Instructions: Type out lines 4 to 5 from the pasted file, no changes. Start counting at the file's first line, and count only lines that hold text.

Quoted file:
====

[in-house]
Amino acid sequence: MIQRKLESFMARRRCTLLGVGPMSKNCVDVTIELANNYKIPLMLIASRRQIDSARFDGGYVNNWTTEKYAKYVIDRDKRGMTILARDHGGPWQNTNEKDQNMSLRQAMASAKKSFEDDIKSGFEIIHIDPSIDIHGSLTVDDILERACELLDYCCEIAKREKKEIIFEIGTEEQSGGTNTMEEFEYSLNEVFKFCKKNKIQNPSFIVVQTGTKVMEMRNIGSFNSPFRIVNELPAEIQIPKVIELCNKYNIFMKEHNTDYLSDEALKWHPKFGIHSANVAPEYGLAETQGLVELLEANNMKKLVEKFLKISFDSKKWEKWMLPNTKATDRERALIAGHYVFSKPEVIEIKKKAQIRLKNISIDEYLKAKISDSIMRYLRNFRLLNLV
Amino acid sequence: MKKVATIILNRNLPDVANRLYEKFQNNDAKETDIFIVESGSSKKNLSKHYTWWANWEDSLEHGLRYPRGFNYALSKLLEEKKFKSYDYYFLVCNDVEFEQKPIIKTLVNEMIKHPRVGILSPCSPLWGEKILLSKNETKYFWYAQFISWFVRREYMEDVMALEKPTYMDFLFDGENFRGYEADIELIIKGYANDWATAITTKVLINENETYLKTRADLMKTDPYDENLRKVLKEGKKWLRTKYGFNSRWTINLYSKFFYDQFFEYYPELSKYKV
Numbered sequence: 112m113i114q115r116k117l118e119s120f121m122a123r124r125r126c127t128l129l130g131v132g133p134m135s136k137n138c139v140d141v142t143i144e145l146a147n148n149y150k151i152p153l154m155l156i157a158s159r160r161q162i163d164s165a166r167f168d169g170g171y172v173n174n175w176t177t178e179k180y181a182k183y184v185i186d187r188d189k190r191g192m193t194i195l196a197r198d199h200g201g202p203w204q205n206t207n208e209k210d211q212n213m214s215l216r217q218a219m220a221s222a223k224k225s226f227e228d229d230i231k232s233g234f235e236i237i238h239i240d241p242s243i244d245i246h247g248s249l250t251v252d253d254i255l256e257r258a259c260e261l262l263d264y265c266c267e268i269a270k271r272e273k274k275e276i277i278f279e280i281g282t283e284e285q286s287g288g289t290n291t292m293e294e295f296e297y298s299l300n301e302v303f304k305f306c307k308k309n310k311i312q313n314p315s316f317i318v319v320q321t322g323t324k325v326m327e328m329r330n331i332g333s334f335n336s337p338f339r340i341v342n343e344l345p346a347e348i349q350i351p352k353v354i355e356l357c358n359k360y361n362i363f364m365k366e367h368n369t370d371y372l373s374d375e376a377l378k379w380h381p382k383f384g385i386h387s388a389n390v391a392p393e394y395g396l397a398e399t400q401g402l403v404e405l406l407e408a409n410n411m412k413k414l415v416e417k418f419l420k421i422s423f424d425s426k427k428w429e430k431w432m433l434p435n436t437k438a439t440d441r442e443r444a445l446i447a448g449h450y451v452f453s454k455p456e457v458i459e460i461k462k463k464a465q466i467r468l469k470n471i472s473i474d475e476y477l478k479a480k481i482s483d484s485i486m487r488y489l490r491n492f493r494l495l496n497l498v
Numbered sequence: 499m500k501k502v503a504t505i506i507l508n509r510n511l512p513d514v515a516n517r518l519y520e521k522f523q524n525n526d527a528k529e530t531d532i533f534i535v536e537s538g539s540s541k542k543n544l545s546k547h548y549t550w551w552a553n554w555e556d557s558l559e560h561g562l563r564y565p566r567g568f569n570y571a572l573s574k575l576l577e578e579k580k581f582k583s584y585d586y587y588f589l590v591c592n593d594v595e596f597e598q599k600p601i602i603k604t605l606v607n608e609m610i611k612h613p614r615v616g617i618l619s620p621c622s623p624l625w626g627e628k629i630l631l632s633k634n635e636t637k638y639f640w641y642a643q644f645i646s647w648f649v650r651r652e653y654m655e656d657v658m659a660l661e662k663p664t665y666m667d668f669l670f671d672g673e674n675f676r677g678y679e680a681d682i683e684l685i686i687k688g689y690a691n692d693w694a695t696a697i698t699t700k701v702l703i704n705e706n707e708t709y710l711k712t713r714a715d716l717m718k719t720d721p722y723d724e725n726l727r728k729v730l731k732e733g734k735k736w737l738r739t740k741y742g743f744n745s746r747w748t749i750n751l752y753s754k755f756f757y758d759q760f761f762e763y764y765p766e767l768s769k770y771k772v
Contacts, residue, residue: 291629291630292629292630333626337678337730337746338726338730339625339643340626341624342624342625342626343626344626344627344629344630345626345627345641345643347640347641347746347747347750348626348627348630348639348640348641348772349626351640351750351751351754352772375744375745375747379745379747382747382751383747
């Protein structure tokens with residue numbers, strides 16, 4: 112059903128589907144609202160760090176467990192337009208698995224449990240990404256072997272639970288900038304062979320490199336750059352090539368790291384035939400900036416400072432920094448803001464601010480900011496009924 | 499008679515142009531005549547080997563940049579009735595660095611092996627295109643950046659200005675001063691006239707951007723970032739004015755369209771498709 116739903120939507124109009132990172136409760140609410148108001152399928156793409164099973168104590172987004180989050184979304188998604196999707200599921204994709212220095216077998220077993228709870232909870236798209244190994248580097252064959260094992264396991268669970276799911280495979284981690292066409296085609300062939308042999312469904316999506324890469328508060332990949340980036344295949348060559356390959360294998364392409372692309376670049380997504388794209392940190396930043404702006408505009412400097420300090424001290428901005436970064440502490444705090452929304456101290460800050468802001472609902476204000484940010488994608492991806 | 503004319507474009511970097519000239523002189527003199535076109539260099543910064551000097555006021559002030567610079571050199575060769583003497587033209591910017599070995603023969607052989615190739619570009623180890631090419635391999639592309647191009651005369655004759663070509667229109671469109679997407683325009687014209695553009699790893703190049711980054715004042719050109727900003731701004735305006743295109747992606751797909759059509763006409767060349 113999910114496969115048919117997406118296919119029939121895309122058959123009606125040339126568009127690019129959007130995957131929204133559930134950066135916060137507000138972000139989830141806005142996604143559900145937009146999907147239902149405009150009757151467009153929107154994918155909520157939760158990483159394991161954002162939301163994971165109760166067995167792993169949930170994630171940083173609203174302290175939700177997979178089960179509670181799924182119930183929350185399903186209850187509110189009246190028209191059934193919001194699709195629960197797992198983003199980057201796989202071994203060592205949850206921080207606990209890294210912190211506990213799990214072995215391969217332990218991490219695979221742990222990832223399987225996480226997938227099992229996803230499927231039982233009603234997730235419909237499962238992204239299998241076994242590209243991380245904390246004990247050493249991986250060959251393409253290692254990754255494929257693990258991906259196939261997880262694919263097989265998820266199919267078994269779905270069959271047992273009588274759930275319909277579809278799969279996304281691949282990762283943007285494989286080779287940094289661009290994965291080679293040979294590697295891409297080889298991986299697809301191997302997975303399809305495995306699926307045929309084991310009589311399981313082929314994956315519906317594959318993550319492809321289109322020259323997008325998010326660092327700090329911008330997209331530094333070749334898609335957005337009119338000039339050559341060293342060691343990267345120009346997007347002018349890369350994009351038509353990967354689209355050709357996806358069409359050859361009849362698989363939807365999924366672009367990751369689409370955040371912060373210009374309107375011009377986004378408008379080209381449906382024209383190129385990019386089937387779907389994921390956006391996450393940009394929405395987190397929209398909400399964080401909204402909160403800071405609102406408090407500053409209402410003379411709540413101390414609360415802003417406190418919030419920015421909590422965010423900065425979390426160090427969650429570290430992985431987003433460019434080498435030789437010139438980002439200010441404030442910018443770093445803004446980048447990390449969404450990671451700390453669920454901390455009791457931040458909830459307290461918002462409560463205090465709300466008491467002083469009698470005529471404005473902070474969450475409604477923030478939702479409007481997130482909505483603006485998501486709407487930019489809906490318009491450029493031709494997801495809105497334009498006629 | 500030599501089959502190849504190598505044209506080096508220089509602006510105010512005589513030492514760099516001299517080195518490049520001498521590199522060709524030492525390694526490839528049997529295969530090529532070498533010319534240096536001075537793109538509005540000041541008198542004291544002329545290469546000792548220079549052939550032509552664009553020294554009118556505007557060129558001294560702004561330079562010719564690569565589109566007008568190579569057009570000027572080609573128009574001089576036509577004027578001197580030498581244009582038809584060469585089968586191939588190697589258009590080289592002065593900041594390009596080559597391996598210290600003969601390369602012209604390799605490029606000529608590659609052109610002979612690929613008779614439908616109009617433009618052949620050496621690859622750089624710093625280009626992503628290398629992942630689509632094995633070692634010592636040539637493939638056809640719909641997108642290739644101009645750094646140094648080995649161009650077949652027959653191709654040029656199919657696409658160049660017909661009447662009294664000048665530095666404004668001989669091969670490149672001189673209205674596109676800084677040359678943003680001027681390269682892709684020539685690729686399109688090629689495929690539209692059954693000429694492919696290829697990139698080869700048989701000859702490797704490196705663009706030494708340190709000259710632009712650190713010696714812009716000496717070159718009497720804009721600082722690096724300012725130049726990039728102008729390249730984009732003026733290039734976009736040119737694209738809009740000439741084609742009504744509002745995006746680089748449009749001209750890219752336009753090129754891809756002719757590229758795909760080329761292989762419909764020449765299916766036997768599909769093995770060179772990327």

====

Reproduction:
Numbered sequence: 112m113i114q115r116k117l118e119s120f121m122a123r124r125r126c127t128l129l130g131v132g133p134m135s136k137n138c139v140d141v142t143i144e145l146a147n148n149y150k151i152p153l154m155l156i157a158s159r160r161q162i163d164s165a166r167f168d169g170g171y172v173n174n175w176t177t178e179k180y181a182k183y184v185i186d187r188d189k190r191g192m193t194i195l196a197r198d199h200g201g202p203w204q205n206t207n208e209k210d211q212n213m214s215l216r217q218a219m220a221s222a223k224k225s226f227e228d229d230i231k232s233g234f235e236i237i238h239i240d241p242s243i244d245i246h247g248s249l250t251v252d253d254i255l256e257r258a259c260e261l262l263d264y265c266c267e268i269a270k271r272e273k274k275e276i277i278f279e280i281g282t283e284e285q286s287g288g289t290n291t292m293e294e295f296e297y298s299l300n301e302v303f304k305f306c307k308k309n310k311i312q313n314p315s316f317i318v319v320q321t322g323t324k325v326m327e328m329r330n331i332g333s334f335n336s337p338f339r340i341v342n343e344l345p346a347e348i349q350i351p352k353v354i355e356l357c358n359k360y361n362i363f364m365k366e367h368n369t370d371y372l373s374d375e376a377l378k379w380h381p382k383f384g385i386h387s388a389n390v391a392p393e394y395g396l397a398e399t400q401g402l403v404e405l406l407e408a409n410n411m412k413k414l415v416e417k418f419l420k421i422s423f424d425s426k427k428w429e430k431w432m433l434p435n436t437k438a439t440d441r442e443r444a445l446i447a448g449h450y451v452f453s454k455p456e457v458i459e460i461k462k463k464a465q466i467r468l469k470n471i472s473i474d475e476y477l478k479a480k481i482s483d484s485i486m487r488y489l490r491n492f493r494l495l496n497l498v
Numbered sequence: 499m500k501k502v503a504t505i506i507l508n509r510n511l512p513d514v515a516n517r518l519y520e521k522f523q524n525n526d527a528k529e530t531d532i533f534i535v536e537s538g539s540s541k542k543n544l545s546k547h548y549t550w551w552a553n554w555e556d557s558l559e560h561g562l563r564y565p566r567g568f569n570y571a572l573s574k575l576l577e578e579k580k581f582k583s584y585d586y587y588f589l590v591c592n593d594v595e596f597e598q599k600p601i602i603k604t605l606v607n608e609m610i611k612h613p614r615v616g617i618l619s620p621c622s623p624l625w626g627e628k629i630l631l632s633k634n635e636t637k638y639f640w641y642a643q644f645i646s647w648f649v650r651r652e653y654m655e656d657v658m659a660l661e662k663p664t665y666m667d668f669l670f671d672g673e674n675f676r677g678y679e680a681d682i683e684l685i686i687k688g689y690a691n692d693w694a695t696a697i698t699t700k701v702l703i704n705e706n707e708t709y710l711k712t713r714a715d716l717m718k719t720d721p722y723d724e725n726l727r728k729v730l731k732e733g734k735k736w737l738r739t740k741y742g743f744n745s746r747w748t749i750n751l752y753s754k755f756f757y758d759q760f761f762e763y764y765p766e767l768s769k770y771k772v